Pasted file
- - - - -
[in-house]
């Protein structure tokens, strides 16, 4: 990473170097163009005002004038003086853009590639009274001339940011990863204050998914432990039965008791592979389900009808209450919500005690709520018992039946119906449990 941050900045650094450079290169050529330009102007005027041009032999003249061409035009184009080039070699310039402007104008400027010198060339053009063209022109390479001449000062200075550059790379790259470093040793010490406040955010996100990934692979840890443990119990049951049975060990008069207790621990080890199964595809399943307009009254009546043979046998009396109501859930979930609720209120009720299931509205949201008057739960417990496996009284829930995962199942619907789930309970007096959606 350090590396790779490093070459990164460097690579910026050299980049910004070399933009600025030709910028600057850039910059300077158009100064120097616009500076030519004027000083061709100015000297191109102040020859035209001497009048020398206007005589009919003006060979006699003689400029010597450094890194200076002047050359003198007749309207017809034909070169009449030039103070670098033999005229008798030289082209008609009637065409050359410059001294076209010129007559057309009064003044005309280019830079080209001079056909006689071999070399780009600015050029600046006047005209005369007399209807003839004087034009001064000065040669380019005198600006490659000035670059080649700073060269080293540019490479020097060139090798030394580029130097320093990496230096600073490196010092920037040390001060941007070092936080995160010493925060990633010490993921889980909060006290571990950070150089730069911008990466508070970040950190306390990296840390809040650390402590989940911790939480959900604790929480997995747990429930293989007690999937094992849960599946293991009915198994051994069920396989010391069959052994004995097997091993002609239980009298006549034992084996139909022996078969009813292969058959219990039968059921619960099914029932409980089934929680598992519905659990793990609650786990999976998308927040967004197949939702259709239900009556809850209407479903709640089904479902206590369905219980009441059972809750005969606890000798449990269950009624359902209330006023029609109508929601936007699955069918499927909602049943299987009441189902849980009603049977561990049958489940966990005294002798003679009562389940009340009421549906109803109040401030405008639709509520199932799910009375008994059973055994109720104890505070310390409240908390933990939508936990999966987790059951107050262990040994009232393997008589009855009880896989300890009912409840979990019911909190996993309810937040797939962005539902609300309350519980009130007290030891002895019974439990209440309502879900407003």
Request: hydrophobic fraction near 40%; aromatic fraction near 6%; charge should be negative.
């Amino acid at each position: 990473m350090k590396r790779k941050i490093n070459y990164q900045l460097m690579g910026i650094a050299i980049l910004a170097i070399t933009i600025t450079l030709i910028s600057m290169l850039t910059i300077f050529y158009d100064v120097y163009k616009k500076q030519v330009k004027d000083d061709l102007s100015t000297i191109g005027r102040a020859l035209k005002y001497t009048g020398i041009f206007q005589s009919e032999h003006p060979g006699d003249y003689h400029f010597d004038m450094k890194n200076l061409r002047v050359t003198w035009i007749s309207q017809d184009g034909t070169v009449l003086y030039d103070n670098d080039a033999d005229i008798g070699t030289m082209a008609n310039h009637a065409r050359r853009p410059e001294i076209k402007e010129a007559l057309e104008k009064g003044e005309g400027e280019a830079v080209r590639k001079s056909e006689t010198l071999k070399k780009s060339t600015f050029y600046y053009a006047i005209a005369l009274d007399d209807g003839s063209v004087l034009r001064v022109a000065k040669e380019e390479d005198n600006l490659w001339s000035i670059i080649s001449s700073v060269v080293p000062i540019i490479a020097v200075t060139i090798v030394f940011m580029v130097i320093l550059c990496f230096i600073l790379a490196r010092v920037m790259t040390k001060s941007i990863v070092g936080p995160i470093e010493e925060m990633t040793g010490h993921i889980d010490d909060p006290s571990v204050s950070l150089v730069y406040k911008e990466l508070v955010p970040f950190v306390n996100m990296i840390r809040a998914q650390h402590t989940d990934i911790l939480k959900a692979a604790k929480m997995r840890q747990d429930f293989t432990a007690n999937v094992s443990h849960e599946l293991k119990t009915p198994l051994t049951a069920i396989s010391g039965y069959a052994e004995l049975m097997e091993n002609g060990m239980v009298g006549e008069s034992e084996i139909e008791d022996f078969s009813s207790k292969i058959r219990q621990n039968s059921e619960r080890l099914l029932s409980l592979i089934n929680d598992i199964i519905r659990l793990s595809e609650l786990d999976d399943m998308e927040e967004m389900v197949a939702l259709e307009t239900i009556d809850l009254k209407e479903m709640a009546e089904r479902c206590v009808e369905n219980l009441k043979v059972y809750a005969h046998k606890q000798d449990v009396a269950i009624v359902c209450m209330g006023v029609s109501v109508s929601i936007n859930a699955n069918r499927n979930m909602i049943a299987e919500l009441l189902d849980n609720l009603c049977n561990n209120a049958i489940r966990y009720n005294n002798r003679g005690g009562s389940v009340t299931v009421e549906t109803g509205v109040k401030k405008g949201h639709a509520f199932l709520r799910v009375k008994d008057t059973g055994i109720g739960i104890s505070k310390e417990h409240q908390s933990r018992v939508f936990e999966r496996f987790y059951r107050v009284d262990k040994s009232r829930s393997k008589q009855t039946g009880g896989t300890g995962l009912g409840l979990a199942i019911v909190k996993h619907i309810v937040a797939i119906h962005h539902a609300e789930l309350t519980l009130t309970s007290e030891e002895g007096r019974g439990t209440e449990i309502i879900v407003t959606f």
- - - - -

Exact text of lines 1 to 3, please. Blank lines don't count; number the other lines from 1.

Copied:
[in-house]
């Protein structure tokens, strides 16, 4: 990473170097163009005002004038003086853009590639009274001339940011990863204050998914432990039965008791592979389900009808209450919500005690709520018992039946119906449990 941050900045650094450079290169050529330009102007005027041009032999003249061409035009184009080039070699310039402007104008400027010198060339053009063209022109390479001449000062200075550059790379790259470093040793010490406040955010996100990934692979840890443990119990049951049975060990008069207790621990080890199964595809399943307009009254009546043979046998009396109501859930979930609720209120009720299931509205949201008057739960417990496996009284829930995962199942619907789930309970007096959606 350090590396790779490093070459990164460097690579910026050299980049910004070399933009600025030709910028600057850039910059300077158009100064120097616009500076030519004027000083061709100015000297191109102040020859035209001497009048020398206007005589009919003006060979006699003689400029010597450094890194200076002047050359003198007749309207017809034909070169009449030039103070670098033999005229008798030289082209008609009637065409050359410059001294076209010129007559057309009064003044005309280019830079080209001079056909006689071999070399780009600015050029600046006047005209005369007399209807003839004087034009001064000065040669380019005198600006490659000035670059080649700073060269080293540019490479020097060139090798030394580029130097320093990496230096600073490196010092920037040390001060941007070092936080995160010493925060990633010490993921889980909060006290571990950070150089730069911008990466508070970040950190306390990296840390809040650390402590989940911790939480959900604790929480997995747990429930293989007690999937094992849960599946293991009915198994051994069920396989010391069959052994004995097997091993002609239980009298006549034992084996139909022996078969009813292969058959219990039968059921619960099914029932409980089934929680598992519905659990793990609650786990999976998308927040967004197949939702259709239900009556809850209407479903709640089904479902206590369905219980009441059972809750005969606890000798449990269950009624359902209330006023029609109508929601936007699955069918499927909602049943299987009441189902849980009603049977561990049958489940966990005294002798003679009562389940009340009421549906109803109040401030405008639709509520199932799910009375008994059973055994109720104890505070310390409240908390933990939508936990999966987790059951107050262990040994009232393997008589009855009880896989300890009912409840979990019911909190996993309810937040797939962005539902609300309350519980009130007290030891002895019974439990209440309502879900407003």
Request: hydrophobic fraction near 40%; aromatic fraction near 6%; charge should be negative.